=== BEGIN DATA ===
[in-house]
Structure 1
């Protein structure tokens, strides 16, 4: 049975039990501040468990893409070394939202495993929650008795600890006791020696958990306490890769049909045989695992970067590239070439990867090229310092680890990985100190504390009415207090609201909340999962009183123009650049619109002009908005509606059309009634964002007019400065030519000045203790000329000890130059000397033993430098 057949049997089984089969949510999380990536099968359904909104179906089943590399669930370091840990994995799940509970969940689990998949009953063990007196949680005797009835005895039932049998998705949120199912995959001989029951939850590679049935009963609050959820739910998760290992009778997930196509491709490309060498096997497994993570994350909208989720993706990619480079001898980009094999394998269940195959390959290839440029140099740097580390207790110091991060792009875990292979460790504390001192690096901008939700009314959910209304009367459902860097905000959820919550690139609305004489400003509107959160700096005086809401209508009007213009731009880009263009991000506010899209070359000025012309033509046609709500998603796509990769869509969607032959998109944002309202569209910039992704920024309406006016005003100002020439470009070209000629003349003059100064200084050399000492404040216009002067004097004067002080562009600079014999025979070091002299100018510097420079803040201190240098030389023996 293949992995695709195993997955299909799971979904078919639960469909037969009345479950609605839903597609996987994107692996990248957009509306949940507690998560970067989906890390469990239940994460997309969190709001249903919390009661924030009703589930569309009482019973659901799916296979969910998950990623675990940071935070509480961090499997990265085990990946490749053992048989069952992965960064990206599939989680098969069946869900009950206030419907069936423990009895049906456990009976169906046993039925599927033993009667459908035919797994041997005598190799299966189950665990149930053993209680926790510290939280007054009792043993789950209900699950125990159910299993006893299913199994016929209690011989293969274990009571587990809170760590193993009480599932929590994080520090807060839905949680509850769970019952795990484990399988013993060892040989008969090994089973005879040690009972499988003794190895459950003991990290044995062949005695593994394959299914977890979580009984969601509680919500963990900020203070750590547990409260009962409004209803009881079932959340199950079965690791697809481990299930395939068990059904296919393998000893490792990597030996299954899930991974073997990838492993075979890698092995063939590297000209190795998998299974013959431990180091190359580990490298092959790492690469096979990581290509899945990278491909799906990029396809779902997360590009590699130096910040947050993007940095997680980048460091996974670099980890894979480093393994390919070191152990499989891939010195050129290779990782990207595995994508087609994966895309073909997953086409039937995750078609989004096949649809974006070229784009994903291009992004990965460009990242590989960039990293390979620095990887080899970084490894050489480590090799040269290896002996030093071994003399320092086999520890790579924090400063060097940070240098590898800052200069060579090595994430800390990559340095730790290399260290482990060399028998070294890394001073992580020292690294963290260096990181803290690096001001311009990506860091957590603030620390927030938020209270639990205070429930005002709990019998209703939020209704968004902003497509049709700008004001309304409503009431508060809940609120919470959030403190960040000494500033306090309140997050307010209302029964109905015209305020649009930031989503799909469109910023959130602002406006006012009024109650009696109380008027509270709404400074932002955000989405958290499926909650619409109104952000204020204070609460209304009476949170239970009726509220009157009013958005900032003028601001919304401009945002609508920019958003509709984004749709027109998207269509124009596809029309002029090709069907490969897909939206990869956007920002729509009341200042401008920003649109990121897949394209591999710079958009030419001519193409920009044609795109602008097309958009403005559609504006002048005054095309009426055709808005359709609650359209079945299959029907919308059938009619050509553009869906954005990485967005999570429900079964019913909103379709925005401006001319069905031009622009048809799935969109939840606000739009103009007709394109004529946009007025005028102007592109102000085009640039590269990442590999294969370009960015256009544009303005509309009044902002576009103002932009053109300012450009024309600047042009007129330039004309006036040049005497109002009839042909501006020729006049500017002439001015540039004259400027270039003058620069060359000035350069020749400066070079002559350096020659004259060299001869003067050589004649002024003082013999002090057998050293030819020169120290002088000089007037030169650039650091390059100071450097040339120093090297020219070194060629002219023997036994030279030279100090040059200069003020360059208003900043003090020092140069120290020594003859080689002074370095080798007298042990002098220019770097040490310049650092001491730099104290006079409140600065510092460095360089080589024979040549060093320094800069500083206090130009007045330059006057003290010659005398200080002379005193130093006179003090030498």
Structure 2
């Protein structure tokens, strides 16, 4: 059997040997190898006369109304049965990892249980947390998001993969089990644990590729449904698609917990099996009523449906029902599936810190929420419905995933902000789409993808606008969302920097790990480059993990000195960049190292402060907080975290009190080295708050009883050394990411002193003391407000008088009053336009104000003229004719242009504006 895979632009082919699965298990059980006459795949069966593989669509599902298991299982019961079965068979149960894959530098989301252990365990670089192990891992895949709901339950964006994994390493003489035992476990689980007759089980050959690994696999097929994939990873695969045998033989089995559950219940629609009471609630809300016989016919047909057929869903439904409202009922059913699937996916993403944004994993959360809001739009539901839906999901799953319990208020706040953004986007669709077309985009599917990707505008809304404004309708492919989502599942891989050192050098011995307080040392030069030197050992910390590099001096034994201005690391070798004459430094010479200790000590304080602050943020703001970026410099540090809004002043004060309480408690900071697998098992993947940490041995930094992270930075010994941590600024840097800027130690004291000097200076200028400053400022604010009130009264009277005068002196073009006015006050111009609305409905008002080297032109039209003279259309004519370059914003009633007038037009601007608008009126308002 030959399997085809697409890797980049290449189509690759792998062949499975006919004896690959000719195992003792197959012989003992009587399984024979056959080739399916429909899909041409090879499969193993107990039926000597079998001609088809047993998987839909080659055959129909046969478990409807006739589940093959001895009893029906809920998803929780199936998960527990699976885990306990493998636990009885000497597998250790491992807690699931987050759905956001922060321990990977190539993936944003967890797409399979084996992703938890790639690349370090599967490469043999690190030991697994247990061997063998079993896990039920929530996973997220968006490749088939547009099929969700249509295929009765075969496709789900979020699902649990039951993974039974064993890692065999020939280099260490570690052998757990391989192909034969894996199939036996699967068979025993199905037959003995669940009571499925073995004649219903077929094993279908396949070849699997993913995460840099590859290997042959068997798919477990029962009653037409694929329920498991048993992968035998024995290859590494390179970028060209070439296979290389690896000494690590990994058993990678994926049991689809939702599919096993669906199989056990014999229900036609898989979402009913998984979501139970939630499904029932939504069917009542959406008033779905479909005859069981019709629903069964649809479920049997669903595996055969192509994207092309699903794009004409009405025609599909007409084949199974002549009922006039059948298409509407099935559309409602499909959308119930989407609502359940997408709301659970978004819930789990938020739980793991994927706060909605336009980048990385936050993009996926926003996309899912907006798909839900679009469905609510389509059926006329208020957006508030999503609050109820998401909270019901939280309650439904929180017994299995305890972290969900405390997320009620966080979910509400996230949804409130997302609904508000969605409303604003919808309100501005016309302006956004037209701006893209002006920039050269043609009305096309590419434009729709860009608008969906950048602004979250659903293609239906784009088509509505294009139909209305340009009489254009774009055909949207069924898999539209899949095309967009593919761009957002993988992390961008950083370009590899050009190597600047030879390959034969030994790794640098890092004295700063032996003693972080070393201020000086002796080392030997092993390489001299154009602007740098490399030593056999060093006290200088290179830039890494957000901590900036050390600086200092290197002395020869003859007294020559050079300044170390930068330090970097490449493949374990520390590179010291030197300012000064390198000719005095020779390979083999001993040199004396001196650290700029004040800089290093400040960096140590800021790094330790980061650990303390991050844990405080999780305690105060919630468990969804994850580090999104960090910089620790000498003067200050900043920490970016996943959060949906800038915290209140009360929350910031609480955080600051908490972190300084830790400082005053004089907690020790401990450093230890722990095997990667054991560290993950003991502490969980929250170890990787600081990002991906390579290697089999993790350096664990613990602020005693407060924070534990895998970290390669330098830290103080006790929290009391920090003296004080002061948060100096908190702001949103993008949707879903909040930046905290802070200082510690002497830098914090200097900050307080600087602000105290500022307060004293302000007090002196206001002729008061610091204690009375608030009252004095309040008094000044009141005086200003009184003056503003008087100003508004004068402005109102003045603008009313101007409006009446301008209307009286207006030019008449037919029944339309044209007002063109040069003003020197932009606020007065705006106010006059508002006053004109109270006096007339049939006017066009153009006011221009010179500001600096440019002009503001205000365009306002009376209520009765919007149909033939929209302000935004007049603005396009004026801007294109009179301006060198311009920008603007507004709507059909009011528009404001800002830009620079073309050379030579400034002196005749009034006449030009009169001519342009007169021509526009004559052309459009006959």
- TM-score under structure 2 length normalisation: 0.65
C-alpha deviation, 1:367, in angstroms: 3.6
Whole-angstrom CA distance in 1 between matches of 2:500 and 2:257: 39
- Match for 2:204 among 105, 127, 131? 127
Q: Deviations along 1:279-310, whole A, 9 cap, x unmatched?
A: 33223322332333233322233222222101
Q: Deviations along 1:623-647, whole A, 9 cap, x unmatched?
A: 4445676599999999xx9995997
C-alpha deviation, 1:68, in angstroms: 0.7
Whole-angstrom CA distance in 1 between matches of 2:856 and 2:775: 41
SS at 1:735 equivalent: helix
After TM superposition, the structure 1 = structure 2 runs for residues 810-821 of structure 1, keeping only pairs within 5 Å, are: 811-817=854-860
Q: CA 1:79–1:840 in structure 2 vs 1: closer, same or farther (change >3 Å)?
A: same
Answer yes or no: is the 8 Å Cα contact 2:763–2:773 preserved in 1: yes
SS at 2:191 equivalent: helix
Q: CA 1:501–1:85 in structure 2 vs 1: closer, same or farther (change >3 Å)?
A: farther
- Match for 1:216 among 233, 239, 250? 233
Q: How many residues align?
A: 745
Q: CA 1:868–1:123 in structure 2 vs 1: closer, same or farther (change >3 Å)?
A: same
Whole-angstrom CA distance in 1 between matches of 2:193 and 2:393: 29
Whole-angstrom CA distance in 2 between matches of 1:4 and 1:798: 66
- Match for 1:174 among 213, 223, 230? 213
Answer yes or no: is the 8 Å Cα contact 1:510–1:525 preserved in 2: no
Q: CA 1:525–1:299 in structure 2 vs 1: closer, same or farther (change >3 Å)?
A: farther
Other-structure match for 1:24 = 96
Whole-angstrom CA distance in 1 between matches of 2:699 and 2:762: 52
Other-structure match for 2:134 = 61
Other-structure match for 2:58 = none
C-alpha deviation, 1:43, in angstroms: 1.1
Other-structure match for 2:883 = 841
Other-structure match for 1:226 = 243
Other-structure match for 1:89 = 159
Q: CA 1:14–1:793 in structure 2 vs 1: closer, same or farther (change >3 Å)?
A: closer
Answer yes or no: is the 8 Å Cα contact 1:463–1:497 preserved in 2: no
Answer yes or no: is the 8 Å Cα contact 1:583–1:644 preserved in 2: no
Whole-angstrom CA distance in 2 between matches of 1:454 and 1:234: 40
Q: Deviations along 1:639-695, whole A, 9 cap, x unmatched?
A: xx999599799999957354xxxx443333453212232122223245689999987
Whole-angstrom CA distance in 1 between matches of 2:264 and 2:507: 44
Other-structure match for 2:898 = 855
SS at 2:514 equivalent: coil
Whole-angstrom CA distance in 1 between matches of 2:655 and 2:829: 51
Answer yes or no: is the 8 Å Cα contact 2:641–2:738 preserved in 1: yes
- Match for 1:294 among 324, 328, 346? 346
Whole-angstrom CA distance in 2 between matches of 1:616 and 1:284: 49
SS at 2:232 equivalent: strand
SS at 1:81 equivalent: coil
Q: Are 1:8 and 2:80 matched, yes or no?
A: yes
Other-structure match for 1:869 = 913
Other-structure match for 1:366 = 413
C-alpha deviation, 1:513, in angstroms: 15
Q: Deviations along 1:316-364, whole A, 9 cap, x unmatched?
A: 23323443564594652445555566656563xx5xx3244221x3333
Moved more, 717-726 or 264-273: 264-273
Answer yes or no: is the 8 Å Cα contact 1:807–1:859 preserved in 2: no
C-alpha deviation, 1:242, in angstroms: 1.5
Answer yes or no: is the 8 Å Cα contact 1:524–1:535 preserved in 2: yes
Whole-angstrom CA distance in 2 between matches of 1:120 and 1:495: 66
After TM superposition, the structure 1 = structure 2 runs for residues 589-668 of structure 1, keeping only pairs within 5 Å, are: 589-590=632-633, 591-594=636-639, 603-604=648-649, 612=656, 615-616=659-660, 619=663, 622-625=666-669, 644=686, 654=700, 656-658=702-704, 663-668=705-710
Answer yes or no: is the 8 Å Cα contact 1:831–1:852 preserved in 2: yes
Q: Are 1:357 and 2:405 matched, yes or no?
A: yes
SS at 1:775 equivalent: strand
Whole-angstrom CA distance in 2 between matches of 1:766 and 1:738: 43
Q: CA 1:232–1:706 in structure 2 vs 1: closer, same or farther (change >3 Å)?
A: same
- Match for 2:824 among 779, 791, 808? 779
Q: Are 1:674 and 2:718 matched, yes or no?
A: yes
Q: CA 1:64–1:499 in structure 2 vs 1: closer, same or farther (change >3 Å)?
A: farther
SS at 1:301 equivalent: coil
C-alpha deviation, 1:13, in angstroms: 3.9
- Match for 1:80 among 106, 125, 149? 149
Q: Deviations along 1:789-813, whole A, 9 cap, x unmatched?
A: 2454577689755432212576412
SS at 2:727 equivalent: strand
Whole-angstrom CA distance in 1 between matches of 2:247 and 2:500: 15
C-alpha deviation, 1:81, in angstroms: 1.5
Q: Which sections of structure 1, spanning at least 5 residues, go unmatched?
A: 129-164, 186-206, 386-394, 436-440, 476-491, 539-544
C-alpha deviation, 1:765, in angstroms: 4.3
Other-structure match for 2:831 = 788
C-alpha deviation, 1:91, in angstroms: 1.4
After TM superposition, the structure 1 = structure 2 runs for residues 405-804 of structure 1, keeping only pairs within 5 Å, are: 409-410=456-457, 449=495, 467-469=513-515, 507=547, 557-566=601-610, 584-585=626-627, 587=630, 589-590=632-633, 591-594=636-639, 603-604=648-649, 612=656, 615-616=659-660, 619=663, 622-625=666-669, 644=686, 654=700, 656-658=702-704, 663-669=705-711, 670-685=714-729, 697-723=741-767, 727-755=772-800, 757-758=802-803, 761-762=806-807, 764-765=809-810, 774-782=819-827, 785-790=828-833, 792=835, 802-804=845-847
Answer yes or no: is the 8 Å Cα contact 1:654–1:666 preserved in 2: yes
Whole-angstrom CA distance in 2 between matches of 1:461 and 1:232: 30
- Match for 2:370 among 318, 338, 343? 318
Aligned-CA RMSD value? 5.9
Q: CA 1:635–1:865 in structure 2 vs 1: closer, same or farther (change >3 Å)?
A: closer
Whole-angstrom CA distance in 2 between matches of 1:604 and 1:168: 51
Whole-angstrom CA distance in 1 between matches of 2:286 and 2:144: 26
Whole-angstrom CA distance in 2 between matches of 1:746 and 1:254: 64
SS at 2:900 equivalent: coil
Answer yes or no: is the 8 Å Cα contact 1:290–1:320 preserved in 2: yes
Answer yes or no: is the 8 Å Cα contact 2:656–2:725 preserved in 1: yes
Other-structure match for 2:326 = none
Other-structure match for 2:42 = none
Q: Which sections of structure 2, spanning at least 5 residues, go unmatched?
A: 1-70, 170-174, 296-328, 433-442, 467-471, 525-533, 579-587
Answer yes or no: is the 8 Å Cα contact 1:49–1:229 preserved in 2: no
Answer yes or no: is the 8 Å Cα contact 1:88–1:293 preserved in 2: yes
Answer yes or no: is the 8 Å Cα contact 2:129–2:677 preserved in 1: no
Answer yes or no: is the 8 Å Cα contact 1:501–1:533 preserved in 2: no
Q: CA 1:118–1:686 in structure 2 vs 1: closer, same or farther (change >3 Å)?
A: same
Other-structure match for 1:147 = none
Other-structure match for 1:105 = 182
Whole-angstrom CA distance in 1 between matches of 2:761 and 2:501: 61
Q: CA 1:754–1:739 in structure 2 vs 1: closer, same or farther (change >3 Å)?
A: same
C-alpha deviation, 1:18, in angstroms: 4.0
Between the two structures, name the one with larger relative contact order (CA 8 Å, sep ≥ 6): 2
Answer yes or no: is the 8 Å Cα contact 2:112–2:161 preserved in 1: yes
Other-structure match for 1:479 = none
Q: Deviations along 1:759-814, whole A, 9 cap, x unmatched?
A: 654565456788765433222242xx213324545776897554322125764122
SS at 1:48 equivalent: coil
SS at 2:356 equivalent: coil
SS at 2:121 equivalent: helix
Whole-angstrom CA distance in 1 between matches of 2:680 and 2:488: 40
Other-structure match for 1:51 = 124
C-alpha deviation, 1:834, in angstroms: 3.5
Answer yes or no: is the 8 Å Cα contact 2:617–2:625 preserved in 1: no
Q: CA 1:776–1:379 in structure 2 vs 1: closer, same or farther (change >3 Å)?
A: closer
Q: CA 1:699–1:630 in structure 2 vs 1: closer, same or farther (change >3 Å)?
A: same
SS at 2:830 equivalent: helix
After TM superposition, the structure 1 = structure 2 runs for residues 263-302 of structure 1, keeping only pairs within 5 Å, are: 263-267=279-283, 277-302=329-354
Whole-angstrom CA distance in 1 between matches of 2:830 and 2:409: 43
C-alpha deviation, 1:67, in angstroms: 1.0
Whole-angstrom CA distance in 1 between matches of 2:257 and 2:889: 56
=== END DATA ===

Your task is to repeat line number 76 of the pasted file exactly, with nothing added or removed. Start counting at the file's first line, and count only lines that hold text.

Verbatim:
Whole-angstrom CA distance in 2 between matches of 1:766 and 1:738: 43